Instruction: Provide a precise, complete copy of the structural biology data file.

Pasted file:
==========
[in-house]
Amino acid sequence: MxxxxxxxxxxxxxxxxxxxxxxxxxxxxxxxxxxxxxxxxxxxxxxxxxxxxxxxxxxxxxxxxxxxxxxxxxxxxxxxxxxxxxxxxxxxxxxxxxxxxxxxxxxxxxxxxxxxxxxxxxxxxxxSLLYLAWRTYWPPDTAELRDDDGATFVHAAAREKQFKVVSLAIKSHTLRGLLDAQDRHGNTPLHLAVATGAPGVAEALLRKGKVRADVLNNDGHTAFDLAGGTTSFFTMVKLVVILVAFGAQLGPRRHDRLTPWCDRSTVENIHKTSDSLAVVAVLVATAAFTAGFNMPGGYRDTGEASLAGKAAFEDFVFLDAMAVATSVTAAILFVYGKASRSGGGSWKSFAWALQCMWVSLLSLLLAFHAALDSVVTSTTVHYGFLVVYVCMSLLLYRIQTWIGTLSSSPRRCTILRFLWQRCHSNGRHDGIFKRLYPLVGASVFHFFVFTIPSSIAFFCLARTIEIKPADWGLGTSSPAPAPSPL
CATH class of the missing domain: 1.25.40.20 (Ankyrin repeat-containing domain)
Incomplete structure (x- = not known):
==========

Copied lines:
[in-house]
Amino acid sequence: MxxxxxxxxxxxxxxxxxxxxxxxxxxxxxxxxxxxxxxxxxxxxxxxxxxxxxxxxxxxxxxxxxxxxxxxxxxxxxxxxxxxxxxxxxxxxxxxxxxxxxxxxxxxxxxxxxxxxxxxxxxxxxxSLLYLAWRTYWPPDTAELRDDDGATFVHAAAREKQFKVVSLAIKSHTLRGLLDAQDRHGNTPLHLAVATGAPGVAEALLRKGKVRADVLNNDGHTAFDLAGGTTSFFTMVKLVVILVAFGAQLGPRRHDRLTPWCDRSTVENIHKTSDSLAVVAVLVATAAFTAGFNMPGGYRDTGEASLAGKAAFEDFVFLDAMAVATSVTAAILFVYGKASRSGGGSWKSFAWALQCMWVSLLSLLLAFHAALDSVVTSTTVHYGFLVVYVCMSLLLYRIQTWIGTLSSSPRRCTILRFLWQRCHSNGRHDGIFKRLYPLVGASVFHFFVFTIPSSIAFFCLARTIEIKPADWGLGTSSPAPAPSPL
CATH class of the missing domain: 1.25.40.20 (Ankyrin repeat-containing domain)
Incomplete structure (x- = not known):